From 1990 to 2006 my wife made voluntary payments to the German social pension scheme. She was and is a South African tax resident. She received no tax relief from Sars for the voluntary payments but Germany taxes her on the pension. During that payment period, was it correct that Sars rules meant that she could not have received any tax relief for her voluntary payments? If so, how could she get a definitive statement to this effect?
With regards to your query, it is important to distinguish between the tax treatment of contributions made to retirement funds and the tax treatment of withdrawals from retirement funds. Your question, from what I understand, relates to tax relief on contributions towards an offshore retirement fund.
Governments incentivise citizens to save towards retirement by providing tax incentives.
Incentivising citizens to save encourages them to do so, and in so doing, reduces their dependence upon the state for support in their retirement. As a result, the state encourages the use of registered retirement vehicles, being pension funds, provident funds and retirement annuities.
Therefore, contributions made to a retirement fund registered in South Africa would enjoy tax relief on the income earned and taxed in South Africa.
It would make no sense for the South African Revenue Service (Sars) to provide tax relief for contributions to a retirement fund registered outside of the country. Taxpayers would be receiving tax breaks on money destined for another country.
Since your wife was contributing to a German pension fund, the South African government would not necessarily benefit in any way by providing tax relief on her income earned in Germany. As a result, Sars would have very little motivation to provide a tax break on contributions towards that fund.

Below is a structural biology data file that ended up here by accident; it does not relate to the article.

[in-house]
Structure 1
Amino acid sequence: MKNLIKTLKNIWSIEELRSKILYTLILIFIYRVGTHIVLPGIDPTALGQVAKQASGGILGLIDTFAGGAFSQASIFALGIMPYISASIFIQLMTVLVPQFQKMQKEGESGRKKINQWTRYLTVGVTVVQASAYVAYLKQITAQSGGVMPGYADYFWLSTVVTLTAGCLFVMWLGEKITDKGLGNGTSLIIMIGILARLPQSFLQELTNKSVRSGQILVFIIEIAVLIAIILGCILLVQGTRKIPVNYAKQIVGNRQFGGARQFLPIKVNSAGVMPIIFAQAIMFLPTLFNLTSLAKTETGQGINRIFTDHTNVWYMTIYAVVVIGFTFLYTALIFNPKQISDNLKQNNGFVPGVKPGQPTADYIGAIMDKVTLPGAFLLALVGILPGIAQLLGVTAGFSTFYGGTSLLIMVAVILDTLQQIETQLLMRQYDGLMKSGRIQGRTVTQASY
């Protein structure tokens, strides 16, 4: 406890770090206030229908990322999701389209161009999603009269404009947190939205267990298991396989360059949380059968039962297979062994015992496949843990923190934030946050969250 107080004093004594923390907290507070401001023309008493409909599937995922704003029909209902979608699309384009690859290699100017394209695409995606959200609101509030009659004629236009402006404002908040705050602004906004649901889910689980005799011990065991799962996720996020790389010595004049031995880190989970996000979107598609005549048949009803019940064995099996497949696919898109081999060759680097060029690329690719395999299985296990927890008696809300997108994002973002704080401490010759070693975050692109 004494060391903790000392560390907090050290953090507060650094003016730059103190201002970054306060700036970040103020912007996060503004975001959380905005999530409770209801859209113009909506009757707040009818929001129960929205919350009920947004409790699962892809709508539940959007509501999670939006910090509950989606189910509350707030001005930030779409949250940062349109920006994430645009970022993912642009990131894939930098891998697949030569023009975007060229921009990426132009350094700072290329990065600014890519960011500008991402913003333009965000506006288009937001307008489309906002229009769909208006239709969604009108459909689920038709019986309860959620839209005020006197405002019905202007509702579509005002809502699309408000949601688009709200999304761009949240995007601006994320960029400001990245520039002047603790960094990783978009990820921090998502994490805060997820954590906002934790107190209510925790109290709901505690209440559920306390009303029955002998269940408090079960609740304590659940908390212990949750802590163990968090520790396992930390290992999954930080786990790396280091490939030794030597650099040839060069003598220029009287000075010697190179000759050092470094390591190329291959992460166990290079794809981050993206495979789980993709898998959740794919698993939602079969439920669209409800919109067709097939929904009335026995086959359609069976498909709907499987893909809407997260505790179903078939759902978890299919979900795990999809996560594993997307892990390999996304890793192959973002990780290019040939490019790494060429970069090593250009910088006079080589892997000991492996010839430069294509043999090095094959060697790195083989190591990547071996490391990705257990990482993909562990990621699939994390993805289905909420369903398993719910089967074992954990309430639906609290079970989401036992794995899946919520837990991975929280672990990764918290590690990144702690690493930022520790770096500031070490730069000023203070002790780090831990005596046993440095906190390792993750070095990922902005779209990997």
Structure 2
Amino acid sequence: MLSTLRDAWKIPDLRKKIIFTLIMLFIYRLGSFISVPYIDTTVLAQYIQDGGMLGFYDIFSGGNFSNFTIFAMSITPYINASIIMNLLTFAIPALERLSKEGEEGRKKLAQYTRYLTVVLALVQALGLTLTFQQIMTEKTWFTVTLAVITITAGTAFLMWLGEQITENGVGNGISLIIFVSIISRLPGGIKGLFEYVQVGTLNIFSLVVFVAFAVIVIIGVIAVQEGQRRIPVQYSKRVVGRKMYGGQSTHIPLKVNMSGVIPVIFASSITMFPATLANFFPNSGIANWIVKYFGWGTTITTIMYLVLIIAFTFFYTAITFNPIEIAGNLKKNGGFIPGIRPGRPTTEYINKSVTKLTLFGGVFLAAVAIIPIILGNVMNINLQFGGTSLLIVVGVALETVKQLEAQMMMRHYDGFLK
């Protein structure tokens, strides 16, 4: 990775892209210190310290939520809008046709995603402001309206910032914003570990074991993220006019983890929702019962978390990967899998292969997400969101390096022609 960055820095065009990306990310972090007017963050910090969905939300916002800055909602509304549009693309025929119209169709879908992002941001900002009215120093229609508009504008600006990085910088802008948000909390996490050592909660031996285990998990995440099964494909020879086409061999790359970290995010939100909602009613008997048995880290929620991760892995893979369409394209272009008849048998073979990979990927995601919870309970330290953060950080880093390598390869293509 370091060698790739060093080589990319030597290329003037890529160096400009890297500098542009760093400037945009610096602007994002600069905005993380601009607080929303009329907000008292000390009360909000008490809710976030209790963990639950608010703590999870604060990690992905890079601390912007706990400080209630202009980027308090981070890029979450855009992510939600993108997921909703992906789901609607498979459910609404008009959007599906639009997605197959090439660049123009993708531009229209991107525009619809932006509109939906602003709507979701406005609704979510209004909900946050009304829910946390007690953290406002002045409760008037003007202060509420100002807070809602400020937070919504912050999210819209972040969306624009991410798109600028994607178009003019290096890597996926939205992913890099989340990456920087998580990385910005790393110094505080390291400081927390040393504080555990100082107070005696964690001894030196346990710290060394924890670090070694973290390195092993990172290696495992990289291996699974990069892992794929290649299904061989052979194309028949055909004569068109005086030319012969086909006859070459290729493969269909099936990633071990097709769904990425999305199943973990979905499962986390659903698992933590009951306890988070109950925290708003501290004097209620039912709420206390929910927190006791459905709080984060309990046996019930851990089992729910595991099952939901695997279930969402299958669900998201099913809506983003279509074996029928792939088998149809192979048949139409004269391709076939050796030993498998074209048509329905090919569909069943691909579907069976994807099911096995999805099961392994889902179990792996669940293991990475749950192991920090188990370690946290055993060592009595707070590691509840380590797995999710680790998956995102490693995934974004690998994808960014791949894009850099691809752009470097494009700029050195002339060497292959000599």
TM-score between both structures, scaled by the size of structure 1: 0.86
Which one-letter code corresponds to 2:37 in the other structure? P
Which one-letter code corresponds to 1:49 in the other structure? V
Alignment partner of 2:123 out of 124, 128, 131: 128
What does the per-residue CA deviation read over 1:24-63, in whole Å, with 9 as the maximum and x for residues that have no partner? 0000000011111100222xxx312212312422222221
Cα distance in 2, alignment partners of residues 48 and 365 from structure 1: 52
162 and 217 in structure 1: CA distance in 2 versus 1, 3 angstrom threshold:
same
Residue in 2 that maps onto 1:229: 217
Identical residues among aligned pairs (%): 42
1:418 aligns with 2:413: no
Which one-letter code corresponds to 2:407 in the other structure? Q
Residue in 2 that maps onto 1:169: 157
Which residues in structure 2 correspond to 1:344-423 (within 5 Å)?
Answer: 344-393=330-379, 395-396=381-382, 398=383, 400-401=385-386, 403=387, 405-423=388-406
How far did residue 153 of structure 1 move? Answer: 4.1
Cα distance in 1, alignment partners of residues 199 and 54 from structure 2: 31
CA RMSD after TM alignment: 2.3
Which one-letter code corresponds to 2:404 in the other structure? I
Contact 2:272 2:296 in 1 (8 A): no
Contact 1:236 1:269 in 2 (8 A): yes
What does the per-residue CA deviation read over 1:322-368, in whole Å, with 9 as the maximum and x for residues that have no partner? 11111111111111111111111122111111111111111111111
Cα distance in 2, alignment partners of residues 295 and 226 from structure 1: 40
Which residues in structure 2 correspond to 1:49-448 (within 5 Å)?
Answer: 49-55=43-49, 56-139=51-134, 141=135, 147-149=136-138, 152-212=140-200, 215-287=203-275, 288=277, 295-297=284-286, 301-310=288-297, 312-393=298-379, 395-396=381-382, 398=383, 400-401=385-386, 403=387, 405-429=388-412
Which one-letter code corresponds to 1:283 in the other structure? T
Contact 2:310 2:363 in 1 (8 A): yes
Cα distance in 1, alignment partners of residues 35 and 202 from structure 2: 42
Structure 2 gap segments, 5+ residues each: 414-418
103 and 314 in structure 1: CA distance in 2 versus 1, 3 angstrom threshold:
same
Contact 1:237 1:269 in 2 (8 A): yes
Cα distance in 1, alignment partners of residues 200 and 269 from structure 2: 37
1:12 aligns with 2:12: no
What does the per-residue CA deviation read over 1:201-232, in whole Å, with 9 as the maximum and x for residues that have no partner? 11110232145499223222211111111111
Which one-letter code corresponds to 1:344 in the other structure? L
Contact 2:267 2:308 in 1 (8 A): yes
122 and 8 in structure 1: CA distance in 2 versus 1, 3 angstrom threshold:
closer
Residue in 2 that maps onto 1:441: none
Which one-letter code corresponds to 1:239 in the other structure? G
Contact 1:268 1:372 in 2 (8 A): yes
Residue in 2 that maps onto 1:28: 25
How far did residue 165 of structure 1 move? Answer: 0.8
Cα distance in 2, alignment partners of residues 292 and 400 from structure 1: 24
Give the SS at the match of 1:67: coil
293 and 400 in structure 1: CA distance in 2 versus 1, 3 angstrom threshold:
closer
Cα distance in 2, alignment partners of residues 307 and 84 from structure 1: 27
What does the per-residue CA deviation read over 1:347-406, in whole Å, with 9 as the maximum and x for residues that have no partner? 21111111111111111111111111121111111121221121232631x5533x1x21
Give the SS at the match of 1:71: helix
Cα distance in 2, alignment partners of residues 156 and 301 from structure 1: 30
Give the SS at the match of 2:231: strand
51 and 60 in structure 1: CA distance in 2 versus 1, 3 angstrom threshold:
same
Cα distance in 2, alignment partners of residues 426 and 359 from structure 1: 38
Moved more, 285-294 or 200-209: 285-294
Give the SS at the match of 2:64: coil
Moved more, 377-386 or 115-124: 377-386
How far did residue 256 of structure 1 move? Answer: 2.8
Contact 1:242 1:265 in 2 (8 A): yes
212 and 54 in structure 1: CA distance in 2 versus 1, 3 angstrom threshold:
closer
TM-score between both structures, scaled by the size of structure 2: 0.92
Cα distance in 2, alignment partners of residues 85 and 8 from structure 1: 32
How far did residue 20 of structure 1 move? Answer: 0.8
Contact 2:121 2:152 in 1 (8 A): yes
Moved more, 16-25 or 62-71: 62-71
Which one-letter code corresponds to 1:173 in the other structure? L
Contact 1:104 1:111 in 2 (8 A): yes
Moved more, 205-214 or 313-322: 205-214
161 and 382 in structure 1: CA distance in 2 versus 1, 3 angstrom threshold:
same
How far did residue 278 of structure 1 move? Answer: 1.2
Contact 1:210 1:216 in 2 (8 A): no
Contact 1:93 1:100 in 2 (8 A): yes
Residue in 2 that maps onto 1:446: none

One also needs to note that while there are tax concessions on contributions towards retirement funds, there are however tax consequences when retirees retire from those funds and begin to draw an income. The income drawn from a retirement fund by the retiree is taxed as income.
So, in essence, it would make no sense for Sars to provide tax relief for contributions being made to an offshore retirement fund when they would in turn not be able to collect taxes from the annuity payments made to the retiree from that fund. Simply put, you are given a tax break on contributions made to a retirement fund, and only once you retire from that fund are you required to pay income tax on the income you draw from it.
The real benefit is in deferring the tax payable to a later date and thus enjoying investment growth on capital that would have ordinarily been paid to Sars in the form of income tax. It is important to bear in mind that any contributions towards a retirement fund ‘saves you tax’ at your marginal rate on every rand saved while you are working.
Drawing an income from your fund during retirement will result in the tax being withheld at a significantly lower level due to the tiered nature of the tax tables. Additionally, from age 65, taxpayers benefit from a secondary tax rebate; and from age 75, they also benefit from a tertiary tax rebate. The end result is that the income drawn would be taxed at a much lower average rate than the tax saving you enjoyed on the contributions that were made leading up to retirement. The bottom line, though, is that Sars would still receive some tax.